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The idea of putting together a collection of essays on the general topic of microbes and evolution began to take shape during an American Academy of Microbiology colloquium in Seattle, WA, in February of 2007. Not that the topic itself was discussed at the colloquium; rather, like so many ideas, this one emerged during informal discussions over drinks and in good company. At the time there were plans afoot worldwide as to how to celebrate, in 2009, the 200th anniversary of Darwin’s birth and 150th anniversary of the publication of On the Origin of Species. We felt that organizing a colloquium on microbial evolution at the Galapagos Islands—which indeed took place in 2009—would be a fitting tribute to the role that microbes have played in our understanding of the evolutionary process.
From the concept of the colloquium, a second idea emerged quite naturally. We should ask fellow scientists to write short, personal essays about their work. The essays would clearly manifest the investigators’ enthusiasm for their work and the impact of microbes on our understanding of evolution. Moreover, because we wanted to reach a broad audience, we insisted that the essays be written in a way that would make them accessible to the general public, lacking the typical scientific jargon that sometimes makes books about science impenetrable to non-experts.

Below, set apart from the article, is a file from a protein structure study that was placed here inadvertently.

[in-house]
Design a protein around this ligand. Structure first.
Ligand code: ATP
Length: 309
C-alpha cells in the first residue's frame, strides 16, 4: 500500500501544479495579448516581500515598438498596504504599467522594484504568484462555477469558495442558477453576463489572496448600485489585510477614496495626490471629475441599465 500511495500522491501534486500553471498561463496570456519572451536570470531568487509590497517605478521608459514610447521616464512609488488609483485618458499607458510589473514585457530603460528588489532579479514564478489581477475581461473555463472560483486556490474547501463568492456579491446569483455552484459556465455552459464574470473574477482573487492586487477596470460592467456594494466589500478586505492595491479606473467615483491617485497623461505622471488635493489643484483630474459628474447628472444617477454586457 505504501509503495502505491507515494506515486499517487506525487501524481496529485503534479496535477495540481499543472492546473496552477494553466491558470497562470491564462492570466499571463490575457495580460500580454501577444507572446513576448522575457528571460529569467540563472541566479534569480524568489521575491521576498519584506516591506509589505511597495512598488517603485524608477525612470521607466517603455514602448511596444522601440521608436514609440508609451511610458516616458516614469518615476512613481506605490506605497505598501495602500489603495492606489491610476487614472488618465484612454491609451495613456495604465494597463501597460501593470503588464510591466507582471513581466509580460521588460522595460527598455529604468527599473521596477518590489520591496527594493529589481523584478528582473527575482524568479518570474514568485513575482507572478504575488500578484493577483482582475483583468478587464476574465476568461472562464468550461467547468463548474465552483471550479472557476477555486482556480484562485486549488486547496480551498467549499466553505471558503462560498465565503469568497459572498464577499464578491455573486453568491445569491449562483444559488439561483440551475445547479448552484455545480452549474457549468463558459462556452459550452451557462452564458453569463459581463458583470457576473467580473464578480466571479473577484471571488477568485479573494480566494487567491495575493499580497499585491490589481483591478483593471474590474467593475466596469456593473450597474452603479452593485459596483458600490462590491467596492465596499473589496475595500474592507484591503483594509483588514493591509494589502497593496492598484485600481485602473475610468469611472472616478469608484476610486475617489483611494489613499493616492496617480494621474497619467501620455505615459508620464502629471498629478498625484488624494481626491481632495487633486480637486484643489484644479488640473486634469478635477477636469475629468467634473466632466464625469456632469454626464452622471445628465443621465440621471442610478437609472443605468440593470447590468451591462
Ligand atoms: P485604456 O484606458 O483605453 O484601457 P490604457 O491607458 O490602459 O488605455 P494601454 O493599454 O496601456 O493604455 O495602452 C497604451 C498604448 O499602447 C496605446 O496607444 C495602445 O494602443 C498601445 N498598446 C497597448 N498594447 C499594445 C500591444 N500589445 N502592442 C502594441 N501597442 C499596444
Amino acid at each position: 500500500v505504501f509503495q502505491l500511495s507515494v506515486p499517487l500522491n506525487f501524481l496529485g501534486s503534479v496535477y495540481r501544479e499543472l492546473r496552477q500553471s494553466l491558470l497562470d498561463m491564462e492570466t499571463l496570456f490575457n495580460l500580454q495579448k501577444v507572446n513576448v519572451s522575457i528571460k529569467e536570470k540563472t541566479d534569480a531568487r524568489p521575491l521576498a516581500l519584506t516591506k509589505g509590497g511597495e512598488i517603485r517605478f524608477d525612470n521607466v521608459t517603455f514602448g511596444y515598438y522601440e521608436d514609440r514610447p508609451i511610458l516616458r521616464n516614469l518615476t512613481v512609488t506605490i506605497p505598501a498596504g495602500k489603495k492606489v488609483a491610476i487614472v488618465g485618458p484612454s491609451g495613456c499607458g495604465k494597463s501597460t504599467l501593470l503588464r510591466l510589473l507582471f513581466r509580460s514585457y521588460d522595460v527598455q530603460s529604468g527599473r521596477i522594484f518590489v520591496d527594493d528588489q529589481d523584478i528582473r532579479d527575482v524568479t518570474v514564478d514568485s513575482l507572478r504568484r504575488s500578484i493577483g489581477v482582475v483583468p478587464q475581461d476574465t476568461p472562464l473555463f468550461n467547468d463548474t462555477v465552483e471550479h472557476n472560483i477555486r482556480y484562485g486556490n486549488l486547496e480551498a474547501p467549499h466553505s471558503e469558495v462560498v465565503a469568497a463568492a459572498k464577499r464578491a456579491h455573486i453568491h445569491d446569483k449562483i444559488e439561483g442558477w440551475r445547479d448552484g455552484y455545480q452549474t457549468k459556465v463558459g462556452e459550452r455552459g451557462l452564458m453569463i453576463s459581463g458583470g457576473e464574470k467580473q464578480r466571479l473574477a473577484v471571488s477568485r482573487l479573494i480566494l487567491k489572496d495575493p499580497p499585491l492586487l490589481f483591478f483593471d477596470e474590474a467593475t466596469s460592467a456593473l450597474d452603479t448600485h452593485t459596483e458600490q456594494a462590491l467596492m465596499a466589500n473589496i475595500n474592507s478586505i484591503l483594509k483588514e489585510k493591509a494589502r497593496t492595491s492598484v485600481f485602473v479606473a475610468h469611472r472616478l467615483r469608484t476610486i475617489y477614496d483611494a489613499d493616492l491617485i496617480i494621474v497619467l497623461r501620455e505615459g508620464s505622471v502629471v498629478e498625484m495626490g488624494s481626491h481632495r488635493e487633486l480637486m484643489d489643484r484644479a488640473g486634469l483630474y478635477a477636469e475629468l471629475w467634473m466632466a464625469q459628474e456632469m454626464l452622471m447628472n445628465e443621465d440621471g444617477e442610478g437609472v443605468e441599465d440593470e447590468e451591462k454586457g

Of course, going from idea to concrete results takes time and great effort from many individuals. We were fortunate that these ideas were first voiced in the presence of Carol Colgan, then Director of the American Academy of Microbiology. Her great excitement for supporting these projects was critical to get them off the ground. Jeff Holtmeier, then Director of ASM Press, helped greatly during the early stages of planning the essay collection. Once we had the essays in hand, Michael Goldberg, ASM’s Executive Director, and Patrick Lacey, Editor of ASM’s magazine Microbe, had the idea of publishing some of the chapters in Microbe, a step that was very useful in bringing attention to the forthcoming collection. We are much indebted to Christine Charlip, current Director of ASM Press, and Ellie Tupper, Senior Production Editor, for their invaluable assistance in putting the finishing touches on the project.
Finally and most importantly, we are grateful to our many colleagues who agreed to step off the beaten path of scientific writing and compose these personal perspectives on their work.
Roberto Kolter and Stanley Maloy